Rent Growth in Pittsburgh Office Market Leads to Development Wave
The Pittsburgh office market has experienced significant new development over the last five years, particularly in the urban and downtown fringe submarkets. This is expected to continue in the coming years, with several new developments that are currently in planning or under construction.
Historically, urban office supply in Pittsburgh has been constrained due to the economic hurdles of new development. With limited sites for new projects, land costs at a premium and significant site work required, Pittsburgh’s nominal rent growth did not allow for economically viable projects.
However, rent growth in recent years has led to a new wave of development, which has accommodated companies moving to Pittsburgh along with existing businesses growing and/or relocating within the market.
Most of the new office development has taken place in urban submarkets surrounding downtown, including the Strip District, Oakland, East Liberty and the North Shore. These submarkets have attracted more development than the CBD due to greater availability of development sites, as well as lower construction costs.
Total development costs of Class A office buildings on the fringe of the CBD are generally $250 to $300 per square foot. For this project cost, gross rents in the range of $30 to $35 per square foot are required for a project to be economically successful.
Until recently, rents for fringe submarkets topped out at $28 to $30 per square foot; however, in the last five years, rents broke through the $30 per-square-foot ceiling, spurring this wave of new development.
One of the first projects to be completed in this wave was Bakery Square, an adaptive reuse of a former factory building in East Liberty (approximately four miles east of downtown) developed by Walnut Capital between 2010 and 2015.
The first two phases of this development house the regional headquarters of Google, which occupies more than 290,000 square feet. The third phase is under construction and will house the 200,000-square-foot headquarters of Philips Respironics.
More recently, the Strip District neighborhood has become an area of intense focus for developers. This has resulted in projects such as District 15, a 105,000-square-foot building developed by RDC Inc.;
Orangestar Properties, which is 100 percent leased to Facebook; and 3 Crossings, a 375,000-square-foot development by Oxford Development Co. leased to Apple, Argo AI and Burns White, among others.
Several other developments in the North Shore and Oakland neighborhoods, including SAP Center, which is a build-to-suit for SAP, and Murland Office Building, which is a build-to-suit for The University of Pittsburgh, are also nearing completion.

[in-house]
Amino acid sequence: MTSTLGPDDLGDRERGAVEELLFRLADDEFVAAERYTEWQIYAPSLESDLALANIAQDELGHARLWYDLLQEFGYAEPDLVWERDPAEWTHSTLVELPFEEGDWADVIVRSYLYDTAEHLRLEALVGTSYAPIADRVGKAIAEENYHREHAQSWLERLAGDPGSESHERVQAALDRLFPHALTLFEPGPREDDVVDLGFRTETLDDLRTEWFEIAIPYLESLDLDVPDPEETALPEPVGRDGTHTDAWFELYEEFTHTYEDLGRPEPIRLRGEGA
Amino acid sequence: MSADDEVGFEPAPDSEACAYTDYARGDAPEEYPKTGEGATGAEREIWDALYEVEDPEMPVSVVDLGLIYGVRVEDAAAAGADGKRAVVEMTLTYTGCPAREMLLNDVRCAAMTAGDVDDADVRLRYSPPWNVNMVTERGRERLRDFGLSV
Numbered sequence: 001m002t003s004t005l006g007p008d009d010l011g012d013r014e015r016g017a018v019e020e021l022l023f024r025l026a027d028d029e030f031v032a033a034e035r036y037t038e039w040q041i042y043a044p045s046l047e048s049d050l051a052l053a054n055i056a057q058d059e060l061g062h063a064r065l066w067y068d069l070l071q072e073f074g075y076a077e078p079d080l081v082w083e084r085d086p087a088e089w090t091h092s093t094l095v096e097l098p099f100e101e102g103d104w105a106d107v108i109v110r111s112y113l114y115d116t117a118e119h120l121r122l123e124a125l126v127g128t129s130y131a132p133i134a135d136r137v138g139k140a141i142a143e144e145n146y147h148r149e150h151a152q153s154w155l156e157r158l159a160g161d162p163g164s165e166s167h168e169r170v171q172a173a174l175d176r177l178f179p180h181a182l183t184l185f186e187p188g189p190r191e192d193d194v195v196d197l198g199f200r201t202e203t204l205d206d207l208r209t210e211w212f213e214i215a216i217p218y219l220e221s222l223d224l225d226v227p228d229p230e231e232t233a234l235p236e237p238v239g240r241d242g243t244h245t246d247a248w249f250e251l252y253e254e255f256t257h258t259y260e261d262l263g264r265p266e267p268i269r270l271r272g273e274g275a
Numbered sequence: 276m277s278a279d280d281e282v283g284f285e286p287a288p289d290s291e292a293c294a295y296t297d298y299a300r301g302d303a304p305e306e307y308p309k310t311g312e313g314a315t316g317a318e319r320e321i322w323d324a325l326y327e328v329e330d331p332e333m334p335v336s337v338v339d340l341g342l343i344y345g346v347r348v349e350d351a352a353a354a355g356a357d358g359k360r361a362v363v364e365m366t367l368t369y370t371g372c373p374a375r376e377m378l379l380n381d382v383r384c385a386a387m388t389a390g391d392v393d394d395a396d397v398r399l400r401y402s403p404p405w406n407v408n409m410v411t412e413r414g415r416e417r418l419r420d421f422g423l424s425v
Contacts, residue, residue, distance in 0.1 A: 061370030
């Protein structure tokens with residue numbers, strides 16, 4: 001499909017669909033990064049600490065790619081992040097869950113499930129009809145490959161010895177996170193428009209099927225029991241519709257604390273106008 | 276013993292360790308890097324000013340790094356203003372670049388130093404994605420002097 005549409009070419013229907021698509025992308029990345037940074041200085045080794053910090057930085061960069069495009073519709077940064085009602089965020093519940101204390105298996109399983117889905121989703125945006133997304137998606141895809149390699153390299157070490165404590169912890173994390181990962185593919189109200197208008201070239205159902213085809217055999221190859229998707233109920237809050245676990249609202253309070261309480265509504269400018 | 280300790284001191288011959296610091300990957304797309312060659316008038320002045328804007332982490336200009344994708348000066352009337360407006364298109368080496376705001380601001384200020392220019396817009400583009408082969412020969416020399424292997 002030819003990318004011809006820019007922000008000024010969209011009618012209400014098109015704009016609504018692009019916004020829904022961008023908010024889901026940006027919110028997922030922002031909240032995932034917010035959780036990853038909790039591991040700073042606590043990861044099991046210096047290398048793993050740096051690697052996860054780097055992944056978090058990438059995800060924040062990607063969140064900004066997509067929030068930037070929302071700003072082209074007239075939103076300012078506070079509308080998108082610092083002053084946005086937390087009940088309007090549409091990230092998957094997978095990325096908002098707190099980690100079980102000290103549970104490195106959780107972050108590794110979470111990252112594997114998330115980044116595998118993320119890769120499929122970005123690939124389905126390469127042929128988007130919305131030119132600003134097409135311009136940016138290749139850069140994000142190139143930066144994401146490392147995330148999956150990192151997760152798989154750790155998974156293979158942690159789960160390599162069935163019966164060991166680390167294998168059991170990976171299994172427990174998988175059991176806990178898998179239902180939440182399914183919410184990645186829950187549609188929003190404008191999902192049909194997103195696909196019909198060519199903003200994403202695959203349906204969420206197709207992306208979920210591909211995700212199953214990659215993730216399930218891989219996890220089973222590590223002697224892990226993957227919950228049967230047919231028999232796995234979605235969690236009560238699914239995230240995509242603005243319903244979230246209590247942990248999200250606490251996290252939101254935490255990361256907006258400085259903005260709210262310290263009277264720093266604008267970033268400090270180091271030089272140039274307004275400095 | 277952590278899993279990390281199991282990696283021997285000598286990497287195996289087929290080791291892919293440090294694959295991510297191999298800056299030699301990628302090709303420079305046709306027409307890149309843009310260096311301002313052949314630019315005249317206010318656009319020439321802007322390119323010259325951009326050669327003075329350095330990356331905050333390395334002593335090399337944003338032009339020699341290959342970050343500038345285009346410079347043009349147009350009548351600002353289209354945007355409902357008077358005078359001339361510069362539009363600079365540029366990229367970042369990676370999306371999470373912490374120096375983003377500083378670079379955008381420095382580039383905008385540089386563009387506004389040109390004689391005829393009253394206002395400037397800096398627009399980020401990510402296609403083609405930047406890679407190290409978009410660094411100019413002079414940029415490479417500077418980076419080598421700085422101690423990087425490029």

While current rents have produced profitable development projects in fringe CBD neighborhoods, new high-rise construction in downtown Pittsburgh remains cost-prohibitive. One major office tower has been recently completed, The Tower at PNC. PNC Bank self-developed the high-rise to serve as its world headquarters. The property opened in October 2015 at an estimated cost of $400 million, or $500 per square foot.
To lend perspective, if a third-party developer built this project, it would need to fetch rents of approximately $50 per square foot in order to be economically viable. With top Class A rents of approximately $35 per square foot in downtown Pittsburgh, new high-rise office development is all but impossible without development subsidies or an anchor tenant willing to pay significantly above-market rents.
To date, all projects completed in the fringe CBD neighborhoods have successfully leased up. It should be noted that many of these tenants are either relocating from the suburbs in the Pittsburgh region (Philips
Respironics, Bombardier, for example) or from downtown Pittsburgh (SAP, Burns White).
Nonetheless, there have also been new leases resulting from organic growth, such as University of Pittsburgh, and from new entrants to the Pittsburgh market, namely Facebook, Apple and Google. With continued development in the pipeline, the office market cannot rely solely on the existing demand.
Instead, the future strength of the Pittsburgh office market will depend on the city’s ability to attract new companies to the region and its ability to help the existing businesses and organizations grow.
— By Nick Unkovic, associate, HFF. This article first appeared in the May 2019 issue of Northeast Real Estate Business magazine.